2017 Day Thirteen

Hmmmm.  Still not quite feeling like I’m on holiday.  Yes, feel free to slap me now.  Not quite sure what it is, but time has developed an elasticity, not yet settling into a rythym. Perhaps I’ve inadvertetly drunk one of Alice’s potions? Hopefully a morning walk will recalibrate my brain.

Beuvron-en-Auge has awoken from yesterday’s rainy slumber and the village is humming. Tourist groups are being led in earnest discussion, the locals fuss about making their pretty shops even prettier and those touristed out, are inhaling coffee and crepes.  I can’t resist another round of photos before we hit the road.

We’re aiming for the village of Saint-Ceneri-le-Gerei, in the heart of the Mancelles Alps.  Said to be a painter’s paradise with a history dating back to the 600s when a local saint creating a shrine said to heal eye problems.  As one does.

My eyes are serving me well, meanwhile.  We stop by a river for lunch and just as we’re about to leave, there’s movement in the water.  An otter? Hope springs eternal, but no.  A beaver?  No, too small, but very beaver like.   No such thing as a mini beaver, I’m guessing.  The binoculars reveal a plump, furred creature with a sleek tail.  We settle on naming it a river vole (which doesn’t seem right… it’s a bit too big) and move on.  

The rain is back.  Neither the weather nor the forecasters seem to be able to decide on its path. One promises rain all week, the other sun. It’s mercurial at best. Rain keeps up a steady pace until our arrival.   We’re in horse stud country and fields of mares and foals appear often, along with imposing chateau.

I’ll say one thing about our book’s choice of villages – each so far is utterly unique in character.  Saint-Ceneri-de-Gerei is spectacularly set into a bend of the river Sarthe and curves steeply along the slopes that nestle it.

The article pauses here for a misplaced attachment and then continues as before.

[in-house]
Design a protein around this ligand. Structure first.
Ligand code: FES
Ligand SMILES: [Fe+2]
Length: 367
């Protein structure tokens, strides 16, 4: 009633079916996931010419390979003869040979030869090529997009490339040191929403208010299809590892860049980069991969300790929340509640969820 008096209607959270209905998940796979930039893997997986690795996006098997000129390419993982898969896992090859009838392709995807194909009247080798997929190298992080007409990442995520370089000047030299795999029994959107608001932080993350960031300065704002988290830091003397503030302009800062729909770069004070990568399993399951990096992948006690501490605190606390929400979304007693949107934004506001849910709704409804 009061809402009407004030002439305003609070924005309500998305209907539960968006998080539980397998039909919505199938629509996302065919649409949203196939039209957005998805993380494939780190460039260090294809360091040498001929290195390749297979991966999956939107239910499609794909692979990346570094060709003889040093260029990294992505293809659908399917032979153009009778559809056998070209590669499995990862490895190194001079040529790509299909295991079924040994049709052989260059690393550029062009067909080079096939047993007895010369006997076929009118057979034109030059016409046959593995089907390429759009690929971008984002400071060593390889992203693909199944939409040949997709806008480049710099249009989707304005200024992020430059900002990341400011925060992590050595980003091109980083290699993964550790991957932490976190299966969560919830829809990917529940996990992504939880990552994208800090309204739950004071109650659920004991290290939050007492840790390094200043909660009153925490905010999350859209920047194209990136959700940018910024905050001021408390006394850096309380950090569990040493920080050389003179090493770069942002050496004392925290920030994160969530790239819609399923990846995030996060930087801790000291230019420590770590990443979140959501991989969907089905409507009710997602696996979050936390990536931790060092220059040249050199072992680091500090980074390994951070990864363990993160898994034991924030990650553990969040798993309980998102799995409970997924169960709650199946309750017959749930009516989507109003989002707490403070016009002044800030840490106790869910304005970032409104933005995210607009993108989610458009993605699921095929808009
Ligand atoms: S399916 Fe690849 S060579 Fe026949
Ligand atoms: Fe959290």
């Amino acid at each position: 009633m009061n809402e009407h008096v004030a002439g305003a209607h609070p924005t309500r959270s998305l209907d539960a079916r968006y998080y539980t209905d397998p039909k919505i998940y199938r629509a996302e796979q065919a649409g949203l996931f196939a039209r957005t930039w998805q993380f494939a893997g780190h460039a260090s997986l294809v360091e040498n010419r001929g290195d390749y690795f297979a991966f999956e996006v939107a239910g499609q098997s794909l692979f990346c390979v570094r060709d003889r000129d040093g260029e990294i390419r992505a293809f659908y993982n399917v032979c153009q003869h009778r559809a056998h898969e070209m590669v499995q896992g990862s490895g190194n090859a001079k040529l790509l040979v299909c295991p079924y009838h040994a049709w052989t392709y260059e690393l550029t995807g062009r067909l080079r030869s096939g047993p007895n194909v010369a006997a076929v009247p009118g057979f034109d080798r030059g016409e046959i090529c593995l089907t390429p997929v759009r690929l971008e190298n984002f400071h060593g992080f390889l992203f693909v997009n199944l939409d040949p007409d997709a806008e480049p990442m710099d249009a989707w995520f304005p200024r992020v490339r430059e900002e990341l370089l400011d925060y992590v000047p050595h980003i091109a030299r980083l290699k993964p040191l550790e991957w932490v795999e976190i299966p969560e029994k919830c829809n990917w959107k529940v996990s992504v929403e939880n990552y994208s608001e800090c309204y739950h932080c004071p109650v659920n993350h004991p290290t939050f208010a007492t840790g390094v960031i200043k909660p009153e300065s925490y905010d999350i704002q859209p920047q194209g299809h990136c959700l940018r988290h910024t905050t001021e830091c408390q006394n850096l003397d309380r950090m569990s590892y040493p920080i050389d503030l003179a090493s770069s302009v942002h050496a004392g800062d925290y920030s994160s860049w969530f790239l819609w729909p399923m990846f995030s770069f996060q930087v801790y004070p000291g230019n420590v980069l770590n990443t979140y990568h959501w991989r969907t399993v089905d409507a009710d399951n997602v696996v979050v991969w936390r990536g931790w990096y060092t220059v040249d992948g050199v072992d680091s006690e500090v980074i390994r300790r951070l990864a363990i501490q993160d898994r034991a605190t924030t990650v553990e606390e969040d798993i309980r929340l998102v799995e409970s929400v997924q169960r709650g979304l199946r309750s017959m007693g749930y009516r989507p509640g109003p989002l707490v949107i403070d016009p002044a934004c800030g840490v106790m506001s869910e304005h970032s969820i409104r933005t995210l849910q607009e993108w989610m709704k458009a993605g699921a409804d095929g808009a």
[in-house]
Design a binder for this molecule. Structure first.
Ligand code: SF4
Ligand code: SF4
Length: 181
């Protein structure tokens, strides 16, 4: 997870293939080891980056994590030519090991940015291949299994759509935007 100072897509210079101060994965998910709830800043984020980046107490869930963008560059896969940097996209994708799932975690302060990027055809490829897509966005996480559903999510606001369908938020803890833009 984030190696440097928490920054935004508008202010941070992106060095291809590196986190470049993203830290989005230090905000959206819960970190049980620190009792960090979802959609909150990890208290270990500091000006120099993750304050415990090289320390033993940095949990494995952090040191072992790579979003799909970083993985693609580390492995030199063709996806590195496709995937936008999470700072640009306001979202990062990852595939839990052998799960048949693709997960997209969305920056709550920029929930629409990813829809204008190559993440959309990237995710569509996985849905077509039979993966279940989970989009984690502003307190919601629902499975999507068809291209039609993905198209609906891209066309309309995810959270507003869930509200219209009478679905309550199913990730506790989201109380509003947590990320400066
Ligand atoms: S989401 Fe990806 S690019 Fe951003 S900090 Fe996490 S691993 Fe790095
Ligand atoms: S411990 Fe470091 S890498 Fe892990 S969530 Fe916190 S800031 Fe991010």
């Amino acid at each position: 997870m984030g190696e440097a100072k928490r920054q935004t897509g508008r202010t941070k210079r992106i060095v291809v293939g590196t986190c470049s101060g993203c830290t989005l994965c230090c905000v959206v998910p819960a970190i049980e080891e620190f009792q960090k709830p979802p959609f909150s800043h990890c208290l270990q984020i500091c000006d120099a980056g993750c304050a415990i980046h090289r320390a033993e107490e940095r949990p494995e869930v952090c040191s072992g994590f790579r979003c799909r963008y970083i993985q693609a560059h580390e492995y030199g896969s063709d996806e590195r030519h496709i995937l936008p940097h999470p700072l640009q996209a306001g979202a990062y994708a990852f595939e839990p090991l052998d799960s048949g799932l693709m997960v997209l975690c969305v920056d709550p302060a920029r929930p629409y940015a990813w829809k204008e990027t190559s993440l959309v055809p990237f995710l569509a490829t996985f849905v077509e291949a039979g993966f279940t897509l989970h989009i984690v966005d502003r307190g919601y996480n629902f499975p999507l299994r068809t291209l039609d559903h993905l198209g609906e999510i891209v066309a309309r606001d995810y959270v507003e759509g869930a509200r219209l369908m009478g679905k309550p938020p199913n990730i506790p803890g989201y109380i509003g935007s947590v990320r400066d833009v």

At first it seems we might be thwarted by lack of parking but I’m determined to at least make a lap of the village even if we can’t stay.  The streets are narrow – we are not.  Corners are tight, the bridge ancient.  The locals watch in wonder as we rumble through, by no small miracle, turn, and rumble through again.  Our luck is in and in a superb team effort, I guide Chris into a reverse park, on a steep hill, on the wrong side of the road.  I keep saying it – the man is fearless.

Thus settled, we set about exploring. Saint-Ceneri-de-Gerei was founded by a local monk who established a monastery, later burnt by the Normans.  The village’s main church, Eglise Saint-Ceneri was built in its place, in the 11th century.  It boasts a spectacular wall of murals, painted in the 12th century and a wooden painted ceiling, unique in France.   

The river crossing is an ancient stone bridge and this theme is carried through the original stone houses that wrap around the mountain in either direction.  It’s a beautiful, peaceful spot filled with birdsong. 

The river also reveals parking that will accommodate us overnight.  Perfectly situated along the river bank on a grassy knoll are a number of other motorhomes.  Success!  A hairy turn later, we’re safely ensconced for the night.  

The day is rounded out by yet another sighting of our “not beaver” buddies – a family of three this time, comes out at dusk to nibble grass on the bank.  Binoculars trained I can see now they’re not voles – lovey fur, lots of whiskers.  They nibble away happily, oblivious to being observed, darting only when a car drives by in the distance.  Google tells me they are ragondin, an introduced species, yes, very beaver like, known for causing flooding as they rearrange river flows to suit their needs.  I’m too far away for photos but Google provides.  Ours were cuter than this, with more whiskers and white patches on their noses.